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Self-Esteem Issues

Self-Esteem Issues

Having a healthy level of self-esteem is a foundational aspect of having a good sense of mental wellbeing. Think of it as how much you like yourself. Do you respect yourself, feel like you have value, and see yourself in a positive light? A good sense of self-esteem can help you live up to your potential in school, at work, in relationships, and in every area of your life. It infuses your being with a belief in your ability to reach your goals and achieve your dreams.

People who have low self-esteem are likely to underachieve, be afraid to go for their dreams, and tend stay in unsatisfying or unhealthy relationships. They are also more vulnerable to feelings of anxiety and depression.

On the other end of the spectrum, those who have an inflated sense of self-esteem often feel they are special and have a sense of entitlement that others may view as arrogant and demanding. At the extreme, these people may have narcissistic personality disorder. It may seem counterintuitive, but people who appear to have excessive self-esteem or who are narcissists may actually suffer from low self-esteem. They may feel insecure or inadequate inside, and they make up for it by exaggerating their accomplishments and seeking praise and validation from others.


Self-esteem typically fluctuates across the lifespan. In general, self-esteem is fairly high during childhood, dips during adolescence (especially in girls), rises steadily throughout adulthood, then tends to fall steeply in old age.

Low self-esteem is common. Research from the Dove Self-Esteem Project shows that 7 in 10 girls saying they don’t measure up or aren’t good enough in some way. And 85% of women and 79% of girls say they choose not to participate in activities when they don’t feel good about the way they look.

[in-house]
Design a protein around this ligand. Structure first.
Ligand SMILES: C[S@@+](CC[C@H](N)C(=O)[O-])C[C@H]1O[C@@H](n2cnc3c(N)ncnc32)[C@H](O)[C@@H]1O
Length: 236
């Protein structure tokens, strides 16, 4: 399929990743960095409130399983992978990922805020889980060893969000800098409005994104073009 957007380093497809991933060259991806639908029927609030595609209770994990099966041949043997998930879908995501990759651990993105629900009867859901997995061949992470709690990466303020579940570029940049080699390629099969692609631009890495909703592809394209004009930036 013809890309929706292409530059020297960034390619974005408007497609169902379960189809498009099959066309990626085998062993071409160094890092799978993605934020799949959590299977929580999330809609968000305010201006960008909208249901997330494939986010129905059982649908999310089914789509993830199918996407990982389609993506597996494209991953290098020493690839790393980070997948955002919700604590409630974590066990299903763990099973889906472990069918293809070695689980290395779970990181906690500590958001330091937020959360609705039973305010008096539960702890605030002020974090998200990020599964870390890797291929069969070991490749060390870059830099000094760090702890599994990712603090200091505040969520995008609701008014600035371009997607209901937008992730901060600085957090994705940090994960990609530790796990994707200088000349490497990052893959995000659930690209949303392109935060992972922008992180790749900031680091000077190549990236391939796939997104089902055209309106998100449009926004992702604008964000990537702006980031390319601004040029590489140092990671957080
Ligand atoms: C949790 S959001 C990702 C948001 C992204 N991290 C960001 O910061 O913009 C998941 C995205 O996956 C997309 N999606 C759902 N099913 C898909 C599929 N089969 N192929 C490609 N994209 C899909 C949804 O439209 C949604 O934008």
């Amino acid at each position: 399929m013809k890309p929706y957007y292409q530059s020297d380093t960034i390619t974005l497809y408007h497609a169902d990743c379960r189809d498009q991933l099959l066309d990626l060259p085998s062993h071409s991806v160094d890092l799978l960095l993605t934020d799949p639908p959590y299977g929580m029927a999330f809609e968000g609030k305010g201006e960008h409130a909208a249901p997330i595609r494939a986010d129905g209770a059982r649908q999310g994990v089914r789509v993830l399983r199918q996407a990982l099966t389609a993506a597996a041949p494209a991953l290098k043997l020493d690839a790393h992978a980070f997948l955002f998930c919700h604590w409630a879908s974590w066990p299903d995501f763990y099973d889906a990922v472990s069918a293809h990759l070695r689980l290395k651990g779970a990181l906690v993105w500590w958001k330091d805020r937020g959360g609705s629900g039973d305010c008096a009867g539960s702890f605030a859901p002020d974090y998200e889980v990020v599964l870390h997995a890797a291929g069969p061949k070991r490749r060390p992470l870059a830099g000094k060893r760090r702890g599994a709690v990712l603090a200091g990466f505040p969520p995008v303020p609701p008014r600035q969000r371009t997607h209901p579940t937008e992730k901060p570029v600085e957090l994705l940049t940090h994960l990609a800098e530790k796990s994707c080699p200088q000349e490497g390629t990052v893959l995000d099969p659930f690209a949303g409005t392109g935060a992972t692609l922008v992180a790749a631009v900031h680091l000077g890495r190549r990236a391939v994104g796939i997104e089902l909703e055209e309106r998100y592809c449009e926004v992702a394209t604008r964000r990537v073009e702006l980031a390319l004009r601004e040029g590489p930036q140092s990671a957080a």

Low self-esteem can affect boys and men too. In one study, over 80% of men said they talk about body image and point out flaws and imperfections in ways that promote anxiety.

In terms of inflated self-esteem, males seem to have the upper hand. It is estimated that narcissistic personality disorder affects up to 6.2% of the population, and approximately 50-75% of those with the disorder are male. Symptoms and signs often emerge during a person’s teens or in young adulthood.


Many factors can influence your self-esteem in a negative way, including:

  • Genetics: There may be a genetic component to your level of self-esteem.
  • Exposure to trauma: Negative emotional experiences, turbulent relationships, a chaotic upbringing, being bullied, or enduring excessively harsh criticism from a loved one can damage self-esteem. Similarly, exposure to traumatic events or experiencing abuse, neglect, or abandonment as a child appears to be common among people who display inflated self-esteem.
  • Poor academic performance: Having learning difficulties or other trouble in school can result in a lack of confidence that seeps into other areas of life.
  • Social media: Constantly comparing yourself to others on social media can make you feel like you aren’t good enough.
  • Thinking patterns: Your thoughts have a major impact on how you view yourself. If you tend to focus on your flaws and weaknesses, you’re more likely to have low self-esteem.


Self-esteem problems can manifest in a variety of ways. How can you tell if your level of self-esteem is healthy, or if you may have a problem? Take a look at the following characteristics associated with healthy, low, and inflated self-esteem.

Healthy self-esteem is associated with:

  • Generally liking yourself
  • Confidence in your abilities
  • Positive outlook
  • Ability to handle constructive criticism